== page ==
Usually this subject matter is relegated to a chapter in a sewing book or a few pages in the manuals that come with our machines. Super Stitches Sewing is divided into three sections: Machine Stitches, Hand Stitches, and Tools and Equipment. Each entry includes a key to the difficulty of the stitch, common uses, what needles to use and other great information. My favorite thing is that the book is entirely in color. I find craft books with black and white photos really frustrating for some reason. The illustrations on how to sew each stitch are really helpful and sometimes revelatory, especially in the hand-stitching section.

Super Stitches Sewing is a perfect addition to my sewing library, but I doubt it will make it onto the actual shelf. I plan to keep it as close to my machines as possible.

I received a copy of this book from Blogging for Books in exchange for my honest review.

2015 Physical Book Challenge

Really?!? I haven’t blogged since September? That’s a crime and I must do better.


I must have been busy reading because, according to my Goodreads stats, I read 138 books last year. My goal was 150 but I’m good with my number. I’m not competing against anyone (I don’t think). I realized, though, that maybe less than 10 of that 138 were actual physical books instead of e-books. Not working in a bookstore has drastically decreased the amount of books that I actually get to hold in my hands. I still get quite a few advanced copies from publishers (maybe more so than I did when I was a bookseller), but the bulk of those come in electronic form. So, even though I don’t do well with participating in challenges, I’ve decided to set one up for myself. The aptly named 2015 Physical Book Challenge. I’m not going to assign a number to it, I just want to increase the number and put a dent in my to-be-read pile.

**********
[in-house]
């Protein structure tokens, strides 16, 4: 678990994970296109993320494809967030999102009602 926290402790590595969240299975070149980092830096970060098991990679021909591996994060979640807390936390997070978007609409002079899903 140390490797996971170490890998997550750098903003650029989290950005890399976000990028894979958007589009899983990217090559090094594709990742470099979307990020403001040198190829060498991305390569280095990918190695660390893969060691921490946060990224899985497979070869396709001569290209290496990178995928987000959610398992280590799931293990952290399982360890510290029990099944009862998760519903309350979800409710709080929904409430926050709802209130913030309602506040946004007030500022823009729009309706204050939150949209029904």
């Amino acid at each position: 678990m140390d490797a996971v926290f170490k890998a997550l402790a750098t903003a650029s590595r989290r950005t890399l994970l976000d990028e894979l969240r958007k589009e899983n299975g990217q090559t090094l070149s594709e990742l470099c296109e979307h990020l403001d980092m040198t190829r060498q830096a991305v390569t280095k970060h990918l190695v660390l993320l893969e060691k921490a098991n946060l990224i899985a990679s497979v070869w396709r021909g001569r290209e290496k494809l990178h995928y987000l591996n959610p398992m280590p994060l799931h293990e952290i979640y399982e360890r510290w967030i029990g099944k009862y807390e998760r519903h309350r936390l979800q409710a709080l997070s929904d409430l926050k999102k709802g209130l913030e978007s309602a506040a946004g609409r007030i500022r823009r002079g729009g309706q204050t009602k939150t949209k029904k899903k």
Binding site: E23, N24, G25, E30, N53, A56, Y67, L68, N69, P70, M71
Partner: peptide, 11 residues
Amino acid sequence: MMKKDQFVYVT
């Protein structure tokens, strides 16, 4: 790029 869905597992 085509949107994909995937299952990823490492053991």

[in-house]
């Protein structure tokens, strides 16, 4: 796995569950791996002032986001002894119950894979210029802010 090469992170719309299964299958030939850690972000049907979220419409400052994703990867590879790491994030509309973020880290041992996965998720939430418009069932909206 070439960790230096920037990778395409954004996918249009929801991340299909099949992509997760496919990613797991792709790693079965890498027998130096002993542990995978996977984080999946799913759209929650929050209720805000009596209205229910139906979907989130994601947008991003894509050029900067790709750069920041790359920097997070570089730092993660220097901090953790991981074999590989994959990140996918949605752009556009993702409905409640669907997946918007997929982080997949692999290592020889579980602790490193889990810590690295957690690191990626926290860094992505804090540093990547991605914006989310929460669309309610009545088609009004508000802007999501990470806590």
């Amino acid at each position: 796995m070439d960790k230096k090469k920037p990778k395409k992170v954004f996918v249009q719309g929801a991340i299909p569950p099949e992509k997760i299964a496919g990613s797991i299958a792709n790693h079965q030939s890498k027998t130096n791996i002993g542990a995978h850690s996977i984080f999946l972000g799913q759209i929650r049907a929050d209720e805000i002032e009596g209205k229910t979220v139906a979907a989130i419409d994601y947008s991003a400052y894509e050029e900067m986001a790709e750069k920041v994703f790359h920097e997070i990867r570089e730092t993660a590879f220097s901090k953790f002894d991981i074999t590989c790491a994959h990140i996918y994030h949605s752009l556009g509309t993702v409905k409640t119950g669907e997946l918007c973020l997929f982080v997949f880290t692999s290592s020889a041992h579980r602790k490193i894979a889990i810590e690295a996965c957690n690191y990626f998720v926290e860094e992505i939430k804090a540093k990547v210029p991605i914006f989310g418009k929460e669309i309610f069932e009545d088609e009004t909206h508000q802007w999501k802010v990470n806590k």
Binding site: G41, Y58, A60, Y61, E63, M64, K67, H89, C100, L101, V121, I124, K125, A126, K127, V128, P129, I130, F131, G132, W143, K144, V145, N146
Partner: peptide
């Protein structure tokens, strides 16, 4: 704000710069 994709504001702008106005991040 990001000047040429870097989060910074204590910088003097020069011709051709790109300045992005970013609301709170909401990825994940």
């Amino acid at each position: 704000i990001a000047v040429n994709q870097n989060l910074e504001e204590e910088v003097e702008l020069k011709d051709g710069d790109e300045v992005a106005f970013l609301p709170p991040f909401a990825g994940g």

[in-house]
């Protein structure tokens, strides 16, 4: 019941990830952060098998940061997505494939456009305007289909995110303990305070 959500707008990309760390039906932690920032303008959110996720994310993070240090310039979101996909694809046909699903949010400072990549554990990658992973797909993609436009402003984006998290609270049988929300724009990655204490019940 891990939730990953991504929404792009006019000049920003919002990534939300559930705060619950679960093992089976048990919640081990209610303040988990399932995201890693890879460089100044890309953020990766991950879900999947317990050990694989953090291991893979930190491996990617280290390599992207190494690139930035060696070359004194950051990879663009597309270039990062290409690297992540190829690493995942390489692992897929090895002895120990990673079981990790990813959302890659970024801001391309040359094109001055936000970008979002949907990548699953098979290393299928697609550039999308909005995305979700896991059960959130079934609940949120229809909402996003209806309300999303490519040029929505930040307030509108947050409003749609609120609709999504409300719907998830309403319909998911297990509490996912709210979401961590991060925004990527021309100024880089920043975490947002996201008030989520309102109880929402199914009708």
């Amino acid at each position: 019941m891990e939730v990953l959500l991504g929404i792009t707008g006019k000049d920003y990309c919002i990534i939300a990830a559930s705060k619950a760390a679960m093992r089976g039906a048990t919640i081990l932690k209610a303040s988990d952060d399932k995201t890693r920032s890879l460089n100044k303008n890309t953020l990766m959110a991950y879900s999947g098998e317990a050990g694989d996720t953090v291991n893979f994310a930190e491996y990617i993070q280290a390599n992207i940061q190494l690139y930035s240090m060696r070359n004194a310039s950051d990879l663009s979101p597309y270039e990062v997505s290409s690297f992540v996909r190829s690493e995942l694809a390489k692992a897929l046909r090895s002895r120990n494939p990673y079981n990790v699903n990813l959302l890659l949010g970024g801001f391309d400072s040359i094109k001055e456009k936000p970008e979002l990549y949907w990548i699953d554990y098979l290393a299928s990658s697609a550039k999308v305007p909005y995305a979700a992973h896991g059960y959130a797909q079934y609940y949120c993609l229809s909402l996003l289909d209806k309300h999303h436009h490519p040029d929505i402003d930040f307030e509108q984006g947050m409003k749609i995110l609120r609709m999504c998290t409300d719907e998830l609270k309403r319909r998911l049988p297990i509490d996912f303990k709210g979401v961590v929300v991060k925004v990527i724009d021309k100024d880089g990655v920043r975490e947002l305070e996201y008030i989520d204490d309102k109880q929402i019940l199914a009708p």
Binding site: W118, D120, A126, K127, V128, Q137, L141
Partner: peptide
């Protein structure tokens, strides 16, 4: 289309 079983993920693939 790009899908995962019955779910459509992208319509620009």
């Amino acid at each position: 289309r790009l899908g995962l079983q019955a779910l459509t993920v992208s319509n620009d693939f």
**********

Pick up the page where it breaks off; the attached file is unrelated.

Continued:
to-be-read pile #1

to-be-read pile #1

These are the books that I’ve acquired in the past year or so. Haven’t touched one of them. I want this pile gone soon.

to-be-read pile #2

to-be-read pile #2

Now, this is the to-be-read motherlode pile. Those books have piled up for awhile and I haven’t read anything off this shelf in years. Don’t judge me.

I am almost finished with the first book in the challenge, The Dirty Version, about Ol’ Dirty Bastard from the Wu-Tang Clan.

20141118_111656Review to come soon…hopefully. Let me know what kind of books do you read. Are you strictly old school and need to flip pages? Are you an electronic convert and like being able to click on a word and immediately get a definition? Or, are you a hybrid of the two like me?


The 3-1-2-1 Diet

3-1-2-1 diet


by Dolvett Quince

I’m one of those people who watches weight loss shows like The Biggest Loser while holding a pint of ice cream or a plate of cookies. I also read a lot of diet and healthy eating books and while I don’t adhere to all of the information, a lot of it seeps into my brain somehow. Nowadays there are so many books on the market that the advice can seem to be repetitive. The 3-1-2-1 Diet sets itself apart by emphasizing the word “cheat” as a way of letting you know that the focus is making it as accessible in a real life setting.